Plaintiff makes two arguments otherwise. First, it asserts that Mr. Dixson
violated the Court’s Order Granting Amended Motion to Withdraw (doc. 40) by not
appearing for the August 26, 2020 deposition. Doc. 41; doc. 51 at 6. This assertion
misreads the Court’s order. The text of the order does not require Mr. Dixson to do
anything, let alone appear for a deposition or participate in the discovery process in
good faith. See doc. 40. Second, during the hearing, Plaintiff claimed that, even if the
Court’s Order Granting Amended Motion to Withdraw did not clearly require Mr.
Dixson to appear for a deposition, the Court clearly ordered him to do so during its
hearing on the amended motion to withdraw. Doc. 51 at 6. This claim misstates the
Court’s order to Mr. Dixson during that hearing. The only order that the Court issued
to Mr. Dixson during that hearing was to provide Plaintiff’s counsel with a current,
physical address at which he could be served with a Rule 45 deposition subpoena. Doc.
38 at 2. Mr. Dixson complied with that order. Doc. 40 at 2.
B. NEITHER RULE 37(B)(2) NOR RULE 37(D) ALLOWS THE COURT TO HOLD
MR. DIXSON IN CONTEMPT FOR HIS NON-APPEARANCE.
Neither Rule 37(b)(2) nor Rule 37(d) authorizes the Court to hold Mr. Dixson in
contempt or otherwise sanction him since he is not a party to this case. Rule 37(b)(2)
allows the Court to sanction a party if it or its officer, director, or managing agent “fails
to obey an order to provide or permit discovery.” Fed R. Civ. P. 37(b)(2). Similarly,
Rule 37(d) permits the Court to sanction a party if it or its officer, director, managing
agent or Rule 30(b)(6) or Rule 31(a)(4) designee fails to appear for a deposition after
being served with proper notice. Regardless of the closeness of Mr. Dixson’s ties to
Defendant, he is not a party to this lawsuit and Plaintiff has not moved that the Court
find he qualifies as an alter ego. Therefore, he cannot be sanctioned pursuant to Rule
37(d) for not appearing at the August 26, 2020 deposition nor could he be sanctioned
pursuant to Rule 37(b)(2) for violating an order to provide or permit discovery (if one
Defendant may be sanctioned for Mr. Dixson’s nonappearance at the August 26, 2020 deposition if Mr.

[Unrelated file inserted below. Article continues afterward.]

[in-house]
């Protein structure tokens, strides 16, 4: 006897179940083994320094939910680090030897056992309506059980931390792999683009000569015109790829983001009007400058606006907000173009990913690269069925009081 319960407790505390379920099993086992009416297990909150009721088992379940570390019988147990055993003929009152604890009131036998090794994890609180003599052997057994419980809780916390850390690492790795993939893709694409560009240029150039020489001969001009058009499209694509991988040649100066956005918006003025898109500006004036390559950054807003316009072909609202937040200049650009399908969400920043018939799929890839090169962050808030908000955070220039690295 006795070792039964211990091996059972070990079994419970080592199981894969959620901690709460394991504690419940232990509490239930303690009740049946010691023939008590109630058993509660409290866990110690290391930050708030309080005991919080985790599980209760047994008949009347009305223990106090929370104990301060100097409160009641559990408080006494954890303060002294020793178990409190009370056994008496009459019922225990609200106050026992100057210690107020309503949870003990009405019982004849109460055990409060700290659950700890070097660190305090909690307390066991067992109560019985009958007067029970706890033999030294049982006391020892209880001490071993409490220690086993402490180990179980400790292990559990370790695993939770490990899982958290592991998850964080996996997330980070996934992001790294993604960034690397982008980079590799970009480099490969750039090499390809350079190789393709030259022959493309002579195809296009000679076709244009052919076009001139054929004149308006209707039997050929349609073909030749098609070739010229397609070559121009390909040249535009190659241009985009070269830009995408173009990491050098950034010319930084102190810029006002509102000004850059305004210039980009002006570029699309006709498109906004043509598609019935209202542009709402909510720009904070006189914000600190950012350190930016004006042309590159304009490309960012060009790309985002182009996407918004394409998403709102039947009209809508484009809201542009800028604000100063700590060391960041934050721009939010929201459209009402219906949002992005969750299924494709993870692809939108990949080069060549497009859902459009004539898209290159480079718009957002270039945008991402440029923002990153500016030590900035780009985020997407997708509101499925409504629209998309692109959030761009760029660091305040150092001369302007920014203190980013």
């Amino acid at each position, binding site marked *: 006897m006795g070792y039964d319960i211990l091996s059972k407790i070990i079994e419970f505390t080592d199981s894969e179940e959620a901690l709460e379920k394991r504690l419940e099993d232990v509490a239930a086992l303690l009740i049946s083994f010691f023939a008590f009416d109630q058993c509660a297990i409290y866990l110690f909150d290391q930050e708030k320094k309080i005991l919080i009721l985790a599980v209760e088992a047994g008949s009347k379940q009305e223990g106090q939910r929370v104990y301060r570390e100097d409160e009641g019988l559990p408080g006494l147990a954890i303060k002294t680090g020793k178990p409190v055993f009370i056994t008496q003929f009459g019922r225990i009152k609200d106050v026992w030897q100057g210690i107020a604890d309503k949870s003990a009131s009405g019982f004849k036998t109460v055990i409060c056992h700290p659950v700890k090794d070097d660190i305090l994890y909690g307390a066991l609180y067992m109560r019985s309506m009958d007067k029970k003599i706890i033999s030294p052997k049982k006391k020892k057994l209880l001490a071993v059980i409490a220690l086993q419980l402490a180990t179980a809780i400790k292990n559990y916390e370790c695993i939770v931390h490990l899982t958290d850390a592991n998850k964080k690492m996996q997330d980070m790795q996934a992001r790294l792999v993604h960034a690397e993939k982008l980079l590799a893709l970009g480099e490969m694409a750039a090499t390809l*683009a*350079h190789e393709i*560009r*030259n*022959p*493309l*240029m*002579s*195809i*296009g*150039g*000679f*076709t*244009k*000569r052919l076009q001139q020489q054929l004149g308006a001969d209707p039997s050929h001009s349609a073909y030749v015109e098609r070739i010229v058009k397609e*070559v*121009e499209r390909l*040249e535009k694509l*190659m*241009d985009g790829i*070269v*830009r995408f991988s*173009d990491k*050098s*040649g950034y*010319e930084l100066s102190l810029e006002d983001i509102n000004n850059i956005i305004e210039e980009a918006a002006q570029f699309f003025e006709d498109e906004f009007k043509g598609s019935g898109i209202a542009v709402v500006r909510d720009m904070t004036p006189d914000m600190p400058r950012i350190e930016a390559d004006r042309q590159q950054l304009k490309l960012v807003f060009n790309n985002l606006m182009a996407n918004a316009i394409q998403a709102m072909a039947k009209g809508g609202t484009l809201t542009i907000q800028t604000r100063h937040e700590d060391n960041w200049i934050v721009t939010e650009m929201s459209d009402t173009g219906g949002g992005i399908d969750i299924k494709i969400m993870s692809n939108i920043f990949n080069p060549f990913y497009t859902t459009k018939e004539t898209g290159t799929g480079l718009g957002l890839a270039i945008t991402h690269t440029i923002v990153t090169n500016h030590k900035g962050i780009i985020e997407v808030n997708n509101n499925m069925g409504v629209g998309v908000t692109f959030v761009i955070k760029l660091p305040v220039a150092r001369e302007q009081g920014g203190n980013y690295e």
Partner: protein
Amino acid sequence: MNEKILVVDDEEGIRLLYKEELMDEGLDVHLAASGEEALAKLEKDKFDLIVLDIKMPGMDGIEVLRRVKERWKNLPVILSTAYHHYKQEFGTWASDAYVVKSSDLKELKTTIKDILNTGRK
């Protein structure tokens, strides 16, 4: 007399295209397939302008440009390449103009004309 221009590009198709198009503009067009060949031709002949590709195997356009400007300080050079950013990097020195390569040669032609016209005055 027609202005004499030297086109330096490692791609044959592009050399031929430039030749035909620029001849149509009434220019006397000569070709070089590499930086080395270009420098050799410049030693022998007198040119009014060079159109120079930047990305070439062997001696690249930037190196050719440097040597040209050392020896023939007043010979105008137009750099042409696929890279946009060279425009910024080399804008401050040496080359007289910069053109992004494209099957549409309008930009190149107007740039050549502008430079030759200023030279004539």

Dixson was its officer, director, or managing agent at the time of this deposition. See Fed. R. Civ. P.
37(d)(1)(A)(i). The Court does not reach this question for two reasons. First, Defendant has not had
adequate notice of or a meaningful opportunity to defend against any sanctions imposed against it
pursuant to Rule 37(d) since Plaintiff did not move the Court for such sanctions in its motion. Second,
Plaintiff has not shown that Mr. Dixson was Defendant’s officer, director, or managing agent at the time
of his deposition (a showing that requires demonstrating that a dissolved corporation may still have an
officer, director, or managing agent).
C. HOLDING MR. DIXSON IN CONTEMPT UNDER RULE 45 FOR VIOLATING
THE PLAINTIFF’S SUBPOENAS RAISES DUE PROCESS CONCERNS.
While Rule 45 authorizes the Court to hold Mr. Dixson in contempt for not
complying with Plaintiff’s subpoena for his deposition and documents, the Court
declines to do so at this time out of an abundance of caution for Mr. Dixson’s right to
due process. Rule 45 gives courts the discretion to hold a subpoenaed individual in
contempt for failing to comply with a subpoena without adequate excuse. Fed. R. Civ.
P. 45(g). But “it [is] rare for a court to use contempt sanctions without first ordering
compliance with a subpoena.” Fed. R. Civ. P 45(g) advisory committee’s note to 2013
amendment; see also Man’s Hat Shop v. Twin City Fire Ins. Co., 2021 WL 1517940, at *2
(D.N.M. Apr. 16, 2021) (unpublished); Duffy v. Lawrence Mem’l Hosp., No. 2:14-cv-2256SAC-TJJ, 2017 WL 1806429, at *2 (D. Kan. May 5, 2017) (unpublished).
Although Mr. Dixson’s pattern of frustrating Plaintiff’s discovery makes the
Court inclined to disregard the majority practice in this case, see Luv N’ Care, Ltd. v
Laurain, No. 2:18-cv-02224-JAD-EJY, 2019 WL 4696399, at *2 (D. Nev. Sept. 26, 2019)
(unpublished) (holding that a magistrate judge did not err in sanctioning a contemnor
for not complying with a subpoena without first ordering the contemnor to comply
with the subpoena), adjudicating Plaintiff’s motion for an order to show cause as a
motion to hold Mr. Dixson in contempt raises due process concerns, see U.S. Sec. & Exch.
Comm’n v. Hyatt, 621 F.3d 687, 693 (7th Cir. 2010). Due process requires that Mr. Dixson
have adequate notice of and fair opportunity to be heard on any finding of contempt.
Williams v. Curtis, No. CIV 12-0716 MCA/LAM, 2012 WL 13071889, at *1 (D.N.M. Nov.
19, 2012) (unpublished) (citing Hyatt, 621 F.3d at 694, and 9A Charles Alan Wright et al.,